The Great HallBuilt in 1511 by James IV and used for many years as a gathering place for the Scottish Parliament. The Hall is still used for ceremonial occasions. The interior is largely a Victorian restoration, but the Hall retains its original 16th-century roof.
Military MuseumsThe castle houses several important military museums. The largest by far is the National War Museum of Scotland. In addition, the Royal Scots Regiment maintains a museum, as do the Royal Scots Dragoon Guards.
In 1927 part of the castle was converted to serve as the Scottish National War Memorial, commemorating soldiers who died in WWI.
The Honours of ScotlandWhen the 1707 Act of Union joined Scotland and England, the Scottish Crown, Sceptre, and Sword were brought to Edinburgh Castle and locked in a heavy chest. For over 100 years the Honours remained hidden, half forgotten. Then in 1818, Sir Walter Scott gained permission from the Prince Regent (later George IV) to open the chest. The Honours were found, intact, exactly as they had been left over a century earlier.
The Honours immediately went on display to visitors, and today they are probably the most popular visitor attraction at the castle. On display with the Honours is the Stone of Destiny, used to crown monarchs of Scotland for centuries before it was seized by Edward I.
The Honours and the Stone of Destiny are so popular, in fact, that there are usually long lines outside the display chambers. If you are keen to see the Honours (and they are worth seeing), I highly recommend coming very early, as soon as the castle opens, or wait until just before closing time, when the crowds will thin out.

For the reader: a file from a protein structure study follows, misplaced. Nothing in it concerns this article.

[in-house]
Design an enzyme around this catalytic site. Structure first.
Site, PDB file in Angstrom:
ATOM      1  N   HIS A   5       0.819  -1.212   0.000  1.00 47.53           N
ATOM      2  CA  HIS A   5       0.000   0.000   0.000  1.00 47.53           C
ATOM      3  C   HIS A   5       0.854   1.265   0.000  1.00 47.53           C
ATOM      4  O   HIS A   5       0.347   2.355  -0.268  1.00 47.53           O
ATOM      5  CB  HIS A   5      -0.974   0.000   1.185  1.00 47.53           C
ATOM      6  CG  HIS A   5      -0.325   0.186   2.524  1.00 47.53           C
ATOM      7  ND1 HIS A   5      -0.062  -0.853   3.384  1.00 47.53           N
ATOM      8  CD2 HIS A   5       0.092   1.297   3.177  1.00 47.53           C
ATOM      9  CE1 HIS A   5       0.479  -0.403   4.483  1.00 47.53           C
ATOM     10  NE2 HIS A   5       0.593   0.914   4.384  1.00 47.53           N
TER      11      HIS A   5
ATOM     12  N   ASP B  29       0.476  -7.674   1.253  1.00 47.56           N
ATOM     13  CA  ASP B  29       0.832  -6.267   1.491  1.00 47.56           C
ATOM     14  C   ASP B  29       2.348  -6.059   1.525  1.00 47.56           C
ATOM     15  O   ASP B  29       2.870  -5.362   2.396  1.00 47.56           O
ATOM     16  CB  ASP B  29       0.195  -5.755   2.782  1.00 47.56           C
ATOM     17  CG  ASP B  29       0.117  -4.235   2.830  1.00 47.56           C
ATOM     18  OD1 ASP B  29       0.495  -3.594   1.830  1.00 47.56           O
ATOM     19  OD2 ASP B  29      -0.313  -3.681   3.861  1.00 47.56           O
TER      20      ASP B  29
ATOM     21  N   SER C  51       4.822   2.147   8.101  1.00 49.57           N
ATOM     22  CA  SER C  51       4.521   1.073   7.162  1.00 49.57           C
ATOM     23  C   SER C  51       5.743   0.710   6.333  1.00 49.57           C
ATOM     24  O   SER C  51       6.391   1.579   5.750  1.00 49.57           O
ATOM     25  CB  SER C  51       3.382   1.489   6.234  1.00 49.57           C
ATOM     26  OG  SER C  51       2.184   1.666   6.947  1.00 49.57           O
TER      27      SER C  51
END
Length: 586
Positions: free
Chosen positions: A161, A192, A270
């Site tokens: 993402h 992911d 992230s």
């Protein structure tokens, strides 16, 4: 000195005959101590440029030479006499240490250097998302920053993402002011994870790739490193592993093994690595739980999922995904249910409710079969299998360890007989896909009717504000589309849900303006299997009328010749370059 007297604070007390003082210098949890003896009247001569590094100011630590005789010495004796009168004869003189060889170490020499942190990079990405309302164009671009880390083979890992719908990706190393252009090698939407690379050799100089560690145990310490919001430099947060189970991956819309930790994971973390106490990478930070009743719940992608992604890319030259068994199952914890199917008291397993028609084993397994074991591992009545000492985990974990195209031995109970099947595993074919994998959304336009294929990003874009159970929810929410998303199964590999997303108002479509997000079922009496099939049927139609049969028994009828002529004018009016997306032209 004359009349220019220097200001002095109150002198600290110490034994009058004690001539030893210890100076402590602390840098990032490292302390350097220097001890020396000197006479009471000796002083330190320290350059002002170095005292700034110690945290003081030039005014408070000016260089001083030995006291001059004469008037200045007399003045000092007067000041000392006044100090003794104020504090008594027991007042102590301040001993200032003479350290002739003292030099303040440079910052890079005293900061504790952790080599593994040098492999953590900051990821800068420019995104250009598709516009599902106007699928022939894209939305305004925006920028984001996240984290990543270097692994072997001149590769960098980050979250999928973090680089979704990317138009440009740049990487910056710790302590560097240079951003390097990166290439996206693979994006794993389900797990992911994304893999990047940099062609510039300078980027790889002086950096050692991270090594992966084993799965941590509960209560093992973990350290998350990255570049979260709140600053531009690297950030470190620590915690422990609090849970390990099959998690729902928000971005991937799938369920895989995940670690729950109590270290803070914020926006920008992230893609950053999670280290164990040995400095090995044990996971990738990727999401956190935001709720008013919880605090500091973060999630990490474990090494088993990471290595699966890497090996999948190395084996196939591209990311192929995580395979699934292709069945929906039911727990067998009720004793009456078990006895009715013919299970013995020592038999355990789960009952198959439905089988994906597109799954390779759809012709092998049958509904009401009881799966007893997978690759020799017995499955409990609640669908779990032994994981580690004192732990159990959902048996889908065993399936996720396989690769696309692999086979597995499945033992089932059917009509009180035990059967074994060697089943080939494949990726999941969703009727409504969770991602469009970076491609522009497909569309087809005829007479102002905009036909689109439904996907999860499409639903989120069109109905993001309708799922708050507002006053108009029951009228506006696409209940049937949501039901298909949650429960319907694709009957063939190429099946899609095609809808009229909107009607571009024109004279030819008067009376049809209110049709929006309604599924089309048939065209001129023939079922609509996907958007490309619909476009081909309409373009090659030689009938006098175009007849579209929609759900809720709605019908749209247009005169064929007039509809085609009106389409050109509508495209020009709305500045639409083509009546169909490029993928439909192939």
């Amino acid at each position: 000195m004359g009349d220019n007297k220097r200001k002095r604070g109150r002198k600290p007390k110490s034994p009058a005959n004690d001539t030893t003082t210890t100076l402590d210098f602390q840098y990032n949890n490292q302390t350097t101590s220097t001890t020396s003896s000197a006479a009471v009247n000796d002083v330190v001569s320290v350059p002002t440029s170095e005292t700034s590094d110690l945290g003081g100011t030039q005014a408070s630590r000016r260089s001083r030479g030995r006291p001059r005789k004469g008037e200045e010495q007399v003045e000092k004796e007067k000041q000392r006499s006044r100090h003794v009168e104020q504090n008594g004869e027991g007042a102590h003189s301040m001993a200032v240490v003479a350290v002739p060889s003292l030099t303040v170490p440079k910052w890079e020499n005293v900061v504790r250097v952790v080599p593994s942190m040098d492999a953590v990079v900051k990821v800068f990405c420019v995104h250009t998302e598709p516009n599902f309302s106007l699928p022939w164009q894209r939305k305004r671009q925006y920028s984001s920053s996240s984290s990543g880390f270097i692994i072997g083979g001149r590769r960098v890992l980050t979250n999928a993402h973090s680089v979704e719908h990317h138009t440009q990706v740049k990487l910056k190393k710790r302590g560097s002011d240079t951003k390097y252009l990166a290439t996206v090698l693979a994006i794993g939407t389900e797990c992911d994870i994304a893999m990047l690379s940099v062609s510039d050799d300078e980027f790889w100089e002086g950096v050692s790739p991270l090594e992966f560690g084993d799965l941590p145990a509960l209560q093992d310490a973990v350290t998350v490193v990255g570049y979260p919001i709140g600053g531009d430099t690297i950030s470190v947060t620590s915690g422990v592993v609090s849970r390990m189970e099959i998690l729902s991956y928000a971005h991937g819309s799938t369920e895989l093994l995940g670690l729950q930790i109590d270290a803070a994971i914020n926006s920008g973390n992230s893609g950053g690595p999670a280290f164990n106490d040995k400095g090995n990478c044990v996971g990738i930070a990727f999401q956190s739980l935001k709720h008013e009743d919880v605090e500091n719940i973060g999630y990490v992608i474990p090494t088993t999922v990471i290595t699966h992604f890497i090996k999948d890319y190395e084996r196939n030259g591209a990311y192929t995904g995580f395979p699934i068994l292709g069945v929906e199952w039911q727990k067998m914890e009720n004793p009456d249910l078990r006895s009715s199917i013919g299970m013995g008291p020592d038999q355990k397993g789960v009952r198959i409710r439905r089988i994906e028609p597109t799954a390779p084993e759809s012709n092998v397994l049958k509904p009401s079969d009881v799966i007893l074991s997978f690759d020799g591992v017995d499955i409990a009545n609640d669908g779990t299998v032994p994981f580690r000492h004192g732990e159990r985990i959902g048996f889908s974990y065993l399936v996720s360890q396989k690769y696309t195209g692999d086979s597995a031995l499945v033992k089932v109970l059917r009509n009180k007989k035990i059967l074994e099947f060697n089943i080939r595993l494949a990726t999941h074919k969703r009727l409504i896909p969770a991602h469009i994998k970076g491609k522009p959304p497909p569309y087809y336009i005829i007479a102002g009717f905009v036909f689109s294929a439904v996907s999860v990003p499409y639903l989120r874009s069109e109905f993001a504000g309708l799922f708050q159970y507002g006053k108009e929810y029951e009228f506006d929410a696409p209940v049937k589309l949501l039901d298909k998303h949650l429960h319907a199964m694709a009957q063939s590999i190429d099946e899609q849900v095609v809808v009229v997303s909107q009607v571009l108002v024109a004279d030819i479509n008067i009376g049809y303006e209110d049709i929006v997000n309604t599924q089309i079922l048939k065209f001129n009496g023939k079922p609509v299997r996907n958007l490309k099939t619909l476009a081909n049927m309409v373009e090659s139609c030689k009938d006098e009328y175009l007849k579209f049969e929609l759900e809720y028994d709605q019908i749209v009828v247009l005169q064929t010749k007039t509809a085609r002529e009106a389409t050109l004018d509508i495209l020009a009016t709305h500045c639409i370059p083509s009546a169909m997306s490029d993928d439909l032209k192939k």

Mons MegPerhaps the most famous gun in British history, Mons Meg was made for the Duke of Burgundy, uncle of James II's queen, Mary of Gueldres, in 1449. It was capable of firing a 150kg stone up to 2 miles, making it one of the most powerful guns of the medieval period. The Duke sent the gun to Scotland as a gift to the royal couple in 1457. James died a few years later at the siege of Roxburgh Castle when another of his cannons exploded.
Mons Meg was used against the English and against rebellious Scottish nobles, but the sheer bulk of the gun made it quickly obsolete, and it was used for firing ceremonial salvos only. In 1671 the barrel burst during a salute to the Duke of Albany (later James VII and II). The gun was discarded and left to decay beside Foog's Gate, but thankfully was restored and is now one of the most popular visitor attractions at the Castle. Mons Meg is not, however, used to fire the famous One O'clock Gun salute.
St Margaret's ChapelThe oldest building inside the castle walls, built by David I in honour of his mother, St Margaret, around AD 1250. The chapel is a simple rectangular building, with a beautifully carved chancel arch, but otherwise very sparsely decorated. The chapel is still used for weddings and other religious ceremonies.
The One O'clock GunA tradition at Edinburgh Castle, a small cannon has been fired at exactly 1 hour past noon every day except Sundays and Good Friday, a tradition that began in 1861. The gun is fired from Mills Mount Battery, and it is worthwhile getting there well ahead of time so you can get a good vantage point.
About Edinburgh Castle
Address: Castlehill, Edinburgh, Lothian, Scotland, EH1 2NG
Attraction Type: Castle
Location: in the centre of Edinburgh; walk required to the top of the hill, except in winter
Website: Edinburgh Castle
Phone: 0131 225 9846
Photo Credit: David Ross and Britain Express
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Heritage Rated from 1- 5 (low-exceptional) on historic interest